Originally published on southerncompany.com.
For the eighth year in a row, Georgia Power and other electric utilities in Georgia are celebrating and thanking utility workers across the state. The daily work done by linemen in Georgia’s communities is always recognized, but their work is especially pronounced during today’s challenges from the escalating COVID-19 pandemic across the nation. Utility crews and personnel continue to respond to outages and essential work in all conditions and following severe weather, including spring thunderstorms and tornadoes.
Throughout Georgia Power’s 2020 Thank a Lineman initiative, saying “thank you” is quick and easy by signing the digital card at www.GeorgiaPower.com/ThankALineman. Additionally, Georgians can celebrate and engage through social media by using and following #ThankALineman and visiting Georgia Power’s Facebook (www.Facebook.com/GeorgiaPower), Twitter (@GeorgiaPower) and Instagram (@ga_power) pages.
Line crews work side-by-side with teams across Georgia Power to ensure that reliable energy is continually supplied to thousands of homes and businesses. Those teams include Shared Services, Control Centers, Customer Services, Fleet Services, Forestry and Right-of-Way, Generation, Substation crews, Network Underground and more.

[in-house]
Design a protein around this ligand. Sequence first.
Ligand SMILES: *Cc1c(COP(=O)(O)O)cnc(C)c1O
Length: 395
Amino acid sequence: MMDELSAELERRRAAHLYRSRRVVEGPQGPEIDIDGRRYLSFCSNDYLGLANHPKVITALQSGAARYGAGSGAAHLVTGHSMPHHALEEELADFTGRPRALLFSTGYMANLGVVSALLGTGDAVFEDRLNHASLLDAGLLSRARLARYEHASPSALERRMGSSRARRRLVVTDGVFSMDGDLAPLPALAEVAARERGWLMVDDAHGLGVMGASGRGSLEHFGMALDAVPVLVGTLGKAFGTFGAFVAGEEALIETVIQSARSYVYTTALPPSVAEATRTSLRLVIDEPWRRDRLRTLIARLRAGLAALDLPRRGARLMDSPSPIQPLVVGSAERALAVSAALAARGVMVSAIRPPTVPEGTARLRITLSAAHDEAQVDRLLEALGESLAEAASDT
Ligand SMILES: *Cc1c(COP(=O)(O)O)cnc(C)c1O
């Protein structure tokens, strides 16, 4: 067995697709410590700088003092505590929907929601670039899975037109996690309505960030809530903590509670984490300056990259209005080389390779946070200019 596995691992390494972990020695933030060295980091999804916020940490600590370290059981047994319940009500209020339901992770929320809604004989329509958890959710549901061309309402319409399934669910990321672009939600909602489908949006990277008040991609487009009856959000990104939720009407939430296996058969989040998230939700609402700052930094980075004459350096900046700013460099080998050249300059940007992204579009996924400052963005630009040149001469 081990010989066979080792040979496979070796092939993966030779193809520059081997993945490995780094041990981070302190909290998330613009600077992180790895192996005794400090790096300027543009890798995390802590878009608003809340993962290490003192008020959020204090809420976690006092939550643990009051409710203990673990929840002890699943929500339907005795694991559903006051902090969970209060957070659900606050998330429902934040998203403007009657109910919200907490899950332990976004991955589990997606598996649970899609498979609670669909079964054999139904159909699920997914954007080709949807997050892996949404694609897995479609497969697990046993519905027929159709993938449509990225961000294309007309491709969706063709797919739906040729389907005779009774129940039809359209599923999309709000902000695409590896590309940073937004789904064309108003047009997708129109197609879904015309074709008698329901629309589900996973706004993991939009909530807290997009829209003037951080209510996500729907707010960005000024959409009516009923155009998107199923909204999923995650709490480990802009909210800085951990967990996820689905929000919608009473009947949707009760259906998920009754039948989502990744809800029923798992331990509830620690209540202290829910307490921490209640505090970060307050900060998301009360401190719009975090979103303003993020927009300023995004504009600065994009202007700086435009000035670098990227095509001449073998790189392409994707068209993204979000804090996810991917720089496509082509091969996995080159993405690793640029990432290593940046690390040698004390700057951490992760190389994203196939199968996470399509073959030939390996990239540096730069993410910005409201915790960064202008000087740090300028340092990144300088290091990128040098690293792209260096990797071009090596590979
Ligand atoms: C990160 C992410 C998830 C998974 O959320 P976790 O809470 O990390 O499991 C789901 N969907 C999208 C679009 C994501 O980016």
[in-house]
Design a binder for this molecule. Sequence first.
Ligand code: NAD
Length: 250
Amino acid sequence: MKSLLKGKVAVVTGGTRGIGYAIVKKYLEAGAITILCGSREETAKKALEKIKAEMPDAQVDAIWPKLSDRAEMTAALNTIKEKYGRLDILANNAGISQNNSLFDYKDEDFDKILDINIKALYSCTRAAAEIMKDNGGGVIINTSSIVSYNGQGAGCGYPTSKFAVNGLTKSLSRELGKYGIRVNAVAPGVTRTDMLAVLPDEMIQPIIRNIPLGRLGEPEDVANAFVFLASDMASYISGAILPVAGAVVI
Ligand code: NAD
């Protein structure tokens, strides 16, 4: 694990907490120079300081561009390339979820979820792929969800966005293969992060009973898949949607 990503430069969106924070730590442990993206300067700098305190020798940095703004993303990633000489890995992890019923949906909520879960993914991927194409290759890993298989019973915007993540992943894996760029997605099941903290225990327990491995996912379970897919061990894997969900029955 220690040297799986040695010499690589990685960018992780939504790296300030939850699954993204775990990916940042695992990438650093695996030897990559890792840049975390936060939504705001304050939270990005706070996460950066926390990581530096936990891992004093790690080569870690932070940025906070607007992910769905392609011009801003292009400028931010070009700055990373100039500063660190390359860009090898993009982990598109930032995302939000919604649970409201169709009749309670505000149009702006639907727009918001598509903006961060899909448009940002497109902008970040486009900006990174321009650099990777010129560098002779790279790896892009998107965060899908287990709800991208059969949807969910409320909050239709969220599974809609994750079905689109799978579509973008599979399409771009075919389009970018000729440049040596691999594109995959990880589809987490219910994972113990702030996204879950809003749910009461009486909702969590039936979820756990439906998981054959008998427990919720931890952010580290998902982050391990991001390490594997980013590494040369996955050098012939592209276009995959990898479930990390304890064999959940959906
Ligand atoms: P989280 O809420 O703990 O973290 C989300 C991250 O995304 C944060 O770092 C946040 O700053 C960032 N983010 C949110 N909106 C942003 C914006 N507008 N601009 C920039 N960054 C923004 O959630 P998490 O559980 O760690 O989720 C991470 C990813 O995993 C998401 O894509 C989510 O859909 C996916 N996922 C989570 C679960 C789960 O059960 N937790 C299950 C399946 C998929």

“Now more than ever, our teammates are rising above the challenges we face and showing their dedication to work as safely as possible to keep the lights on for our 2.6 million customers across Georgia,” said Pedro Cherry, executive vice president of Customer Service and Operations for Georgia Power. “We are proud to thank them and show our appreciation for the critical work they do not only this month, but throughout the year.”
To help maintain safe and reliable service during the COVID-19 pandemic, Georgia Power urges customers to keep their distance from utility crews working in their communities. Whether critical infrastructure work or emergency repairs due to damage from storms, trees or vehicles, crews are working hard every day to keep the lights on while maintaining safety standards and following CDC guidelines when working in the field. Residents can help by not approaching crews and keeping a safe social distance of six feet or more.